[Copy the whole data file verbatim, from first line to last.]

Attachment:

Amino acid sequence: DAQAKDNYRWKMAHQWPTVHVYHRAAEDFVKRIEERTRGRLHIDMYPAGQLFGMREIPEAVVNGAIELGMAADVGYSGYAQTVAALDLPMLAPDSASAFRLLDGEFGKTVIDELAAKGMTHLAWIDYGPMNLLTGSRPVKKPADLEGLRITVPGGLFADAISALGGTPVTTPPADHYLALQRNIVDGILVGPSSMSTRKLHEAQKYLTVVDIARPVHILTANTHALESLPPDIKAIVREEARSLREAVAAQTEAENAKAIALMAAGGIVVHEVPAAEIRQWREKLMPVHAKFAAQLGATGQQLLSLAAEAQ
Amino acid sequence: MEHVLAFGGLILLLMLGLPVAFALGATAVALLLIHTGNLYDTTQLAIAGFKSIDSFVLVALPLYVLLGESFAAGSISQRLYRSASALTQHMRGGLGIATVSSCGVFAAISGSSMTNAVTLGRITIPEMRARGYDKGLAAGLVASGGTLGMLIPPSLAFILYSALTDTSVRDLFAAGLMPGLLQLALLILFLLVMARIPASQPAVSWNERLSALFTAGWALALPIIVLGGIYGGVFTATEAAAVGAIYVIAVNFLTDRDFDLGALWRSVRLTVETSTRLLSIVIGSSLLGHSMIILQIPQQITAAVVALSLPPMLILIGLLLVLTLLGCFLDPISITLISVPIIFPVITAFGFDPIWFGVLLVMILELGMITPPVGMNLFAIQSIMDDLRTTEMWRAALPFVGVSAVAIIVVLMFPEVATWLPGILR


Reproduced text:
Amino acid sequence: DAQAKDNYRWKMAHQWPTVHVYHRAAEDFVKRIEERTRGRLHIDMYPAGQLFGMREIPEAVVNGAIELGMAADVGYSGYAQTVAALDLPMLAPDSASAFRLLDGEFGKTVIDELAAKGMTHLAWIDYGPMNLLTGSRPVKKPADLEGLRITVPGGLFADAISALGGTPVTTPPADHYLALQRNIVDGILVGPSSMSTRKLHEAQKYLTVVDIARPVHILTANTHALESLPPDIKAIVREEARSLREAVAAQTEAENAKAIALMAAGGIVVHEVPAAEIRQWREKLMPVHAKFAAQLGATGQQLLSLAAEAQ
Amino acid sequence: MEHVLAFGGLILLLMLGLPVAFALGATAVALLLIHTGNLYDTTQLAIAGFKSIDSFVLVALPLYVLLGESFAAGSISQRLYRSASALTQHMRGGLGIATVSSCGVFAAISGSSMTNAVTLGRITIPEMRARGYDKGLAAGLVASGGTLGMLIPPSLAFILYSALTDTSVRDLFAAGLMPGLLQLALLILFLLVMARIPASQPAVSWNERLSALFTAGWALALPIIVLGGIYGGVFTATEAAAVGAIYVIAVNFLTDRDFDLGALWRSVRLTVETSTRLLSIVIGSSLLGHSMIILQIPQQITAAVVALSLPPMLILIGLLLVLTLLGCFLDPISITLISVPIIFPVITAFGFDPIWFGVLLVMILELGMITPPVGMNLFAIQSIMDDLRTTEMWRAALPFVGVSAVAIIVVLMFPEVATWLPGILR